With the automatic signing, Xcode keeps an eye on any changes in the app settings, like entitlement, a new device needs to register with the profile, etc. Once we give permission to register the device or add new capabilities, Xcode creates a new provisioning profile and shows the code signing updates in the reports navigator section.
With Xcode 8, there ate two new build settings introduced to manage the code signing process. The build setting
DEVELOPMENT_TEAM is used to provide greater control over the signing identity, it is mandatory and can not be left blank. The second build setting is
PROVISINING_PROFILE_SPECIFIER, which indicates the type of the signing method. This build setting only applicable for the automatic signing, in the manual signing PROVISIONING _PROFILE _SPECIFIER will not be used. We have to use
CODE_SIGN_IDENTITY as a generic entry such as "iPhone Developer."
Other important things to keep in mind about Automatic Code Signing are
- The archive created in Xcode through the
xcodebuildcommand line tool is signed with the development certificate at first.
- When we specify the distribution method, the archive is resigned with distribution code signing.
This means if you are using automatic signing on Continuous Integration servers, you must have development as well as distribution certificates on the CI server.
Manual Code Signing
In the process of manual code signing, we have to explicitly specify the code signing identity and provisioning profile in the build settings. Manual code signing can be enabled in Xcode 8+ by unchecking the "Automatically manage signing" checkbox in the General tab of the target setting. This will give you the option to set up the code signing identity and provisioning profile in the General tab rather than going into the build settings.
You can read Apple's guide on setting up manual signing here to learn more about Xcode setup for manual signing. There is another change in manual code signing that provisioning profiles are no longer set in the form of UDID; we can set them using the name. Again, when using the manual code signing method, you will have to specify the values for the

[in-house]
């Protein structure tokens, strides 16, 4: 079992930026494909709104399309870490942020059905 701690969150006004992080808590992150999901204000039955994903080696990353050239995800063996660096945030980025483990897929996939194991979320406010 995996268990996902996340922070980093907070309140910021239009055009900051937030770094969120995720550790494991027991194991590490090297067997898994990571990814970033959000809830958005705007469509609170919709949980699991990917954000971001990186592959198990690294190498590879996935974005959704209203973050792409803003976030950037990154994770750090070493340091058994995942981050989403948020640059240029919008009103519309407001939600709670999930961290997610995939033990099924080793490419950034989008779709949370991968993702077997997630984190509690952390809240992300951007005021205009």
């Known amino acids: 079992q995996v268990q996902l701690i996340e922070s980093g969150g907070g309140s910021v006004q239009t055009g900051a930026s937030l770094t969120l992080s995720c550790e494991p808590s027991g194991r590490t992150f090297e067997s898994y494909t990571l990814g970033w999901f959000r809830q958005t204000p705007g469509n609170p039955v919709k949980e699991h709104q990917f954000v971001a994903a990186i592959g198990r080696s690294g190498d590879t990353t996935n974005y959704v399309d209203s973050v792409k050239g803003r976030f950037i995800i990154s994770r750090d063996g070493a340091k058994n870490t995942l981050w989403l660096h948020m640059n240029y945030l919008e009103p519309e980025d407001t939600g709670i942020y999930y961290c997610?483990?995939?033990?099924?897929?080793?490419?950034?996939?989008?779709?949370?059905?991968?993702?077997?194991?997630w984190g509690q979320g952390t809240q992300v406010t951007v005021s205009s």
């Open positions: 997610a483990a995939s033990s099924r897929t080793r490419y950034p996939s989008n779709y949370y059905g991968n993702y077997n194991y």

PROVISIONING_PROFILE build settings. Also, we need to have required certificates and provisioning profiles on the local machine where we are building the app.
There is an awesome guide on code signing in Xcode 8, which you can read here if you need more information about manual and automatic signing.
Re-Signing iOS Apps
It's very rare, but in some situations, we need to remove the signature of the signed app and re-sign with the new profiles and certificates. This is absolutely possible with the
codesign tool. In order to re-sign iOS apps, we need to perform the following steps:
- Find a signed
.ipafile of the app that needs resigning.
- Unzip it and remove the code signature.
$ unzip -q old.ipa $ rm -rf Payload/*.app/_CodeSignature
- Replace the old provisioning profile with the new provisioning profile that has been generated for resigning.
$ cp new_provisining_profile.mobileprovision Payload/*.app/embedded.mobileprovision
- Generate entitlements for the current app using the old entitlements.
$ cd Payload/ $ codesign -d --entitlements - *.app > entitlements.plist $ cd .. $ mv Payload/entitlements.plist entitlements.plist
- Force sign the app with the new certificate and entitlements.
$ /usr/bin/codesign -f -s "Your_certificate_in Keychain" '--entitlements' 'entitlements.plist' Payload/*.app
- Zip your resigned .ipa file.
$ zip -qr resigned.ipa Payload
At this stage, you will have a binary signed with the new certificate and provisioning profile.
Now we understand most of the basics of the iOS code signing process. If you have any questions, comments, or feedback on these posts, feel free to reach out to me in a tweet, email, comment, or anything. At this point, we have to stop in the interesting journey of iOS coding signing in this series.
If you have completed reading the entire series and you liked it, then Tweet at me @Shashikant86 with the message "Jai Maharashtra" so I know that someone has enjoyed my writing!
This series wouldn't be possible without these awesome resources:
- Apple Documentation on Code Signing here
Thanks a lot.